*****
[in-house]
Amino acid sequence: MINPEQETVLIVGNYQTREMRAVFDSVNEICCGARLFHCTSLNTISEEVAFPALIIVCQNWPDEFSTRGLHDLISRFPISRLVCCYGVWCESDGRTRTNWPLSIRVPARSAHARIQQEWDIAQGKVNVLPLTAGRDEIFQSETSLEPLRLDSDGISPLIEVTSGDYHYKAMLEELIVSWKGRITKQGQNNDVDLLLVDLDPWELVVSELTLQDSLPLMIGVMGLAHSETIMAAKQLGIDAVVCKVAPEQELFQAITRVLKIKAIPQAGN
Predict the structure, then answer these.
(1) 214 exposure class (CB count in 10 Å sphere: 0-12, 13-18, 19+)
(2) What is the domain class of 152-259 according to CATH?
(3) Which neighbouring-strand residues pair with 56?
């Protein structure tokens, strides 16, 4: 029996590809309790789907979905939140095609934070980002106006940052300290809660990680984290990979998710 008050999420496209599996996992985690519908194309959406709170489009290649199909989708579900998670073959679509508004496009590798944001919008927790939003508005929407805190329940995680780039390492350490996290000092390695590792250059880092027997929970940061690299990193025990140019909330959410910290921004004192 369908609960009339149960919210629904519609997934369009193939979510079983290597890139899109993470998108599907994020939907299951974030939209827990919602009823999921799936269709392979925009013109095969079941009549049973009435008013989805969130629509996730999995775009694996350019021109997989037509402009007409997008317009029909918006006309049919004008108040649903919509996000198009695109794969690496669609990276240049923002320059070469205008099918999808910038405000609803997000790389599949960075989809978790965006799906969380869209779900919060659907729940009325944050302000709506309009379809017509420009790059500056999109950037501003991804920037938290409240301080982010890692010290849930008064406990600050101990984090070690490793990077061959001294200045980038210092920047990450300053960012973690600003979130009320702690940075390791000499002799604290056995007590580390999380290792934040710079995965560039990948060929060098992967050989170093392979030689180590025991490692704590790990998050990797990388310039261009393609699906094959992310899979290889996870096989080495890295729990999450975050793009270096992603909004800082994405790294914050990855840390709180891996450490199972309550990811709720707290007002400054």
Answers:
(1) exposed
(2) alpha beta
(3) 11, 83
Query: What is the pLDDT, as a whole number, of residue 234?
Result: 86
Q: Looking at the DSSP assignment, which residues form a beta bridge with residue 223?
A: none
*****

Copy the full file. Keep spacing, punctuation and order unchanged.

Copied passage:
[in-house]
Amino acid sequence: MINPEQETVLIVGNYQTREMRAVFDSVNEICCGARLFHCTSLNTISEEVAFPALIIVCQNWPDEFSTRGLHDLISRFPISRLVCCYGVWCESDGRTRTNWPLSIRVPARSAHARIQQEWDIAQGKVNVLPLTAGRDEIFQSETSLEPLRLDSDGISPLIEVTSGDYHYKAMLEELIVSWKGRITKQGQNNDVDLLLVDLDPWELVVSELTLQDSLPLMIGVMGLAHSETIMAAKQLGIDAVVCKVAPEQELFQAITRVLKIKAIPQAGN
Predict the structure, then answer these.
(1) 214 exposure class (CB count in 10 Å sphere: 0-12, 13-18, 19+)
(2) What is the domain class of 152-259 according to CATH?
(3) Which neighbouring-strand residues pair with 56?
């Protein structure tokens, strides 16, 4: 029996590809309790789907979905939140095609934070980002106006940052300290809660990680984290990979998710 008050999420496209599996996992985690519908194309959406709170489009290649199909989708579900998670073959679509508004496009590798944001919008927790939003508005929407805190329940995680780039390492350490996290000092390695590792250059880092027997929970940061690299990193025990140019909330959410910290921004004192 369908609960009339149960919210629904519609997934369009193939979510079983290597890139899109993470998108599907994020939907299951974030939209827990919602009823999921799936269709392979925009013109095969079941009549049973009435008013989805969130629509996730999995775009694996350019021109997989037509402009007409997008317009029909918006006309049919004008108040649903919509996000198009695109794969690496669609990276240049923002320059070469205008099918999808910038405000609803997000790389599949960075989809978790965006799906969380869209779900919060659907729940009325944050302000709506309009379809017509420009790059500056999109950037501003991804920037938290409240301080982010890692010290849930008064406990600050101990984090070690490793990077061959001294200045980038210092920047990450300053960012973690600003979130009320702690940075390791000499002799604290056995007590580390999380290792934040710079995965560039990948060929060098992967050989170093392979030689180590025991490692704590790990998050990797990388310039261009393609699906094959992310899979290889996870096989080495890295729990999450975050793009270096992603909004800082994405790294914050990855840390709180891996450490199972309550990811709720707290007002400054």
Answers:
(1) exposed
(2) alpha beta
(3) 11, 83
Query: What is the pLDDT, as a whole number, of residue 234?
Result: 86
Q: Looking at the DSSP assignment, which residues form a beta bridge with residue 223?
A: none